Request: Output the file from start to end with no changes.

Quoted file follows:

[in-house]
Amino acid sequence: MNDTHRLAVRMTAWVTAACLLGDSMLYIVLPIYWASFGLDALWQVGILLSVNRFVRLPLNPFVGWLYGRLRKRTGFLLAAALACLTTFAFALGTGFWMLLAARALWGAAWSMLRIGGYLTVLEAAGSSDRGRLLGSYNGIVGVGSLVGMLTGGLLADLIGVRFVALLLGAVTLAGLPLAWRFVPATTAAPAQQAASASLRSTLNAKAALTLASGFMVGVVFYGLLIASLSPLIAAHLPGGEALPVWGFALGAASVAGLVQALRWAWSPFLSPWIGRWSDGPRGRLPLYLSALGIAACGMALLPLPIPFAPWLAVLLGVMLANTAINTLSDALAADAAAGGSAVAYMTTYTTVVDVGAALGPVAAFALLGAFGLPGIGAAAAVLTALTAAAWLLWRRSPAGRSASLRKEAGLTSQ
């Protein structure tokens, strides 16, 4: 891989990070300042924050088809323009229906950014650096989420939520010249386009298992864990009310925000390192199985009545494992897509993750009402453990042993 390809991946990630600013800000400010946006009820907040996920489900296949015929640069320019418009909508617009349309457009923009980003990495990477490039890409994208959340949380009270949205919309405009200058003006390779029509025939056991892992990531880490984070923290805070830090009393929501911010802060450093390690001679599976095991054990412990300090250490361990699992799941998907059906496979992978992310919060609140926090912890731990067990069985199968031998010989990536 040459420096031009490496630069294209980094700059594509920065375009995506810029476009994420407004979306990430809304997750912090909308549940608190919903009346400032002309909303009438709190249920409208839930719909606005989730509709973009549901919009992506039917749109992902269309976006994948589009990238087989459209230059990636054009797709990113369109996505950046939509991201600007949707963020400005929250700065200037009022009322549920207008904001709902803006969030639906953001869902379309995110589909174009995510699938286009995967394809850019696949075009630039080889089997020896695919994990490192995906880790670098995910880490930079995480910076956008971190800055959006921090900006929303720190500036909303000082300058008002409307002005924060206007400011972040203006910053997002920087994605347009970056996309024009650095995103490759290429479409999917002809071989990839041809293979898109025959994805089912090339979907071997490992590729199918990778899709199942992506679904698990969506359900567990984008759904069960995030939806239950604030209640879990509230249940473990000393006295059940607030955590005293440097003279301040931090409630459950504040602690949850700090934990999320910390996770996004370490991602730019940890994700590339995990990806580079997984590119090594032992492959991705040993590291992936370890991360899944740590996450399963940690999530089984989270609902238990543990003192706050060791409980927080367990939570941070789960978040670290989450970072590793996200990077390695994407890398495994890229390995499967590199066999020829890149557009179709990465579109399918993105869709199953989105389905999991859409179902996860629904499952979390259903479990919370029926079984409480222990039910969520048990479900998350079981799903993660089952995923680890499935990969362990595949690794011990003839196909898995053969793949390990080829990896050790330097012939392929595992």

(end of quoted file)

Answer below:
[in-house]
Amino acid sequence: MNDTHRLAVRMTAWVTAACLLGDSMLYIVLPIYWASFGLDALWQVGILLSVNRFVRLPLNPFVGWLYGRLRKRTGFLLAAALACLTTFAFALGTGFWMLLAARALWGAAWSMLRIGGYLTVLEAAGSSDRGRLLGSYNGIVGVGSLVGMLTGGLLADLIGVRFVALLLGAVTLAGLPLAWRFVPATTAAPAQQAASASLRSTLNAKAALTLASGFMVGVVFYGLLIASLSPLIAAHLPGGEALPVWGFALGAASVAGLVQALRWAWSPFLSPWIGRWSDGPRGRLPLYLSALGIAACGMALLPLPIPFAPWLAVLLGVMLANTAINTLSDALAADAAAGGSAVAYMTTYTTVVDVGAALGPVAAFALLGAFGLPGIGAAAAVLTALTAAAWLLWRRSPAGRSASLRKEAGLTSQ
């Protein structure tokens, strides 16, 4: 891989990070300042924050088809323009229906950014650096989420939520010249386009298992864990009310925000390192199985009545494992897509993750009402453990042993 390809991946990630600013800000400010946006009820907040996920489900296949015929640069320019418009909508617009349309457009923009980003990495990477490039890409994208959340949380009270949205919309405009200058003006390779029509025939056991892992990531880490984070923290805070830090009393929501911010802060450093390690001679599976095991054990412990300090250490361990699992799941998907059906496979992978992310919060609140926090912890731990067990069985199968031998010989990536 040459420096031009490496630069294209980094700059594509920065375009995506810029476009994420407004979306990430809304997750912090909308549940608190919903009346400032002309909303009438709190249920409208839930719909606005989730509709973009549901919009992506039917749109992902269309976006994948589009990238087989459209230059990636054009797709990113369109996505950046939509991201600007949707963020400005929250700065200037009022009322549920207008904001709902803006969030639906953001869902379309995110589909174009995510699938286009995967394809850019696949075009630039080889089997020896695919994990490192995906880790670098995910880490930079995480910076956008971190800055959006921090900006929303720190500036909303000082300058008002409307002005924060206007400011972040203006910053997002920087994605347009970056996309024009650095995103490759290429479409999917002809071989990839041809293979898109025959994805089912090339979907071997490992590729199918990778899709199942992506679904698990969506359900567990984008759904069960995030939806239950604030209640879990509230249940473990000393006295059940607030955590005293440097003279301040931090409630459950504040602690949850700090934990999320910390996770996004370490991602730019940890994700590339995990990806580079997984590119090594032992492959991705040993590291992936370890991360899944740590996450399963940690999530089984989270609902238990543990003192706050060791409980927080367990939570941070789960978040670290989450970072590793996200990077390695994407890398495994890229390995499967590199066999020829890149557009179709990465579109399918993105869709199953989105389905999991859409179902996860629904499952979390259903479990919370029926079984409480222990039910969520048990479900998350079981799903993660089952995923680890499935990969362990595949690794011990003839196909898995053969793949390990080829990896050790330097012939392929595992």